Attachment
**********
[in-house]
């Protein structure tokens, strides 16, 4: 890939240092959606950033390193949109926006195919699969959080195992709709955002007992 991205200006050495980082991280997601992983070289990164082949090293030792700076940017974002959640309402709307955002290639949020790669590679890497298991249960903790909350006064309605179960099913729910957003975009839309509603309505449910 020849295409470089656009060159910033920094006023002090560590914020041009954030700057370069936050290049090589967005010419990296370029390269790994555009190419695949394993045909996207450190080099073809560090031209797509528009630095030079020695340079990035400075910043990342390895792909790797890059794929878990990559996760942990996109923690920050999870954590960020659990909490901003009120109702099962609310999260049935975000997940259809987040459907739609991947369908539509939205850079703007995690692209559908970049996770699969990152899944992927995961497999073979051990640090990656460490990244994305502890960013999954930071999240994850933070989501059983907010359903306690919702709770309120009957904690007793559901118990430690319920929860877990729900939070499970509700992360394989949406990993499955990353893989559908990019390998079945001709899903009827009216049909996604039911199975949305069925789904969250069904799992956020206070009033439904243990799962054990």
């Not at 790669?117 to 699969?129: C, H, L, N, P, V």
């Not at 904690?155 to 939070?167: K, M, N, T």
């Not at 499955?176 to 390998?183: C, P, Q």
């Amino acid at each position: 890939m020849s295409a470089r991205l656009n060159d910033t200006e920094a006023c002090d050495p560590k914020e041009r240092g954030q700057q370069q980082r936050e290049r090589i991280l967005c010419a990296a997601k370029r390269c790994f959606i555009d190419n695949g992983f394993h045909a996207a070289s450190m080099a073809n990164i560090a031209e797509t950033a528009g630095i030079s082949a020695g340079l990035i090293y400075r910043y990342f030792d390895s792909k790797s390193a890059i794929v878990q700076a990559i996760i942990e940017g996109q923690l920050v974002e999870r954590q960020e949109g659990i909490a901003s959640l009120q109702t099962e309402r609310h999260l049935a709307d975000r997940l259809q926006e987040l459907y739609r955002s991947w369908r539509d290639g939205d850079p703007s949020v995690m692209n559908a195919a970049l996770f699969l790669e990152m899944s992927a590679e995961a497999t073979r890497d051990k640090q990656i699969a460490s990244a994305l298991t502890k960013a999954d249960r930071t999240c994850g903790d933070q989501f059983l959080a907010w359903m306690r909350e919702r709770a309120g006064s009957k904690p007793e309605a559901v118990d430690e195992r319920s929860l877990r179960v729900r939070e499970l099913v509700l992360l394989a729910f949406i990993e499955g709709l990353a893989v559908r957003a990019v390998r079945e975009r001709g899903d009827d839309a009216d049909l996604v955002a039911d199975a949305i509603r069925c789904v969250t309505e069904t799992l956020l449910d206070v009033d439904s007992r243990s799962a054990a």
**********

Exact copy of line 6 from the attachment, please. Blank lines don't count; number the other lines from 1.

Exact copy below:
């Amino acid at each position: 890939m020849s295409a470089r991205l656009n060159d910033t200006e920094a006023c002090d050495p560590k914020e041009r240092g954030q700057q370069q980082r936050e290049r090589i991280l967005c010419a990296a997601k370029r390269c790994f959606i555009d190419n695949g992983f394993h045909a996207a070289s450190m080099a073809n990164i560090a031209e797509t950033a528009g630095i030079s082949a020695g340079l990035i090293y400075r910043y990342f030792d390895s792909k790797s390193a890059i794929v878990q700076a990559i996760i942990e940017g996109q923690l920050v974002e999870r954590q960020e949109g659990i909490a901003s959640l009120q109702t099962e309402r609310h999260l049935a709307d975000r997940l259809q926006e987040l459907y739609r955002s991947w369908r539509d290639g939205d850079p703007s949020v995690m692209n559908a195919a970049l996770f699969l790669e990152m899944s992927a590679e995961a497999t073979r890497d051990k640090q990656i699969a460490s990244a994305l298991t502890k960013a999954d249960r930071t999240c994850g903790d933070q989501f059983l959080a907010w359903m306690r909350e919702r709770a309120g006064s009957k904690p007793e309605a559901v118990d430690e195992r319920s929860l877990r179960v729900r939070e499970l099913v509700l992360l394989a729910f949406i990993e499955g709709l990353a893989v559908r957003a990019v390998r079945e975009r001709g899903d009827d839309a009216d049909l996604v955002a039911d199975a949305i509603r069925c789904v969250t309505e069904t799992l956020l449910d206070v009033d439904s007992r243990s799962a054990a």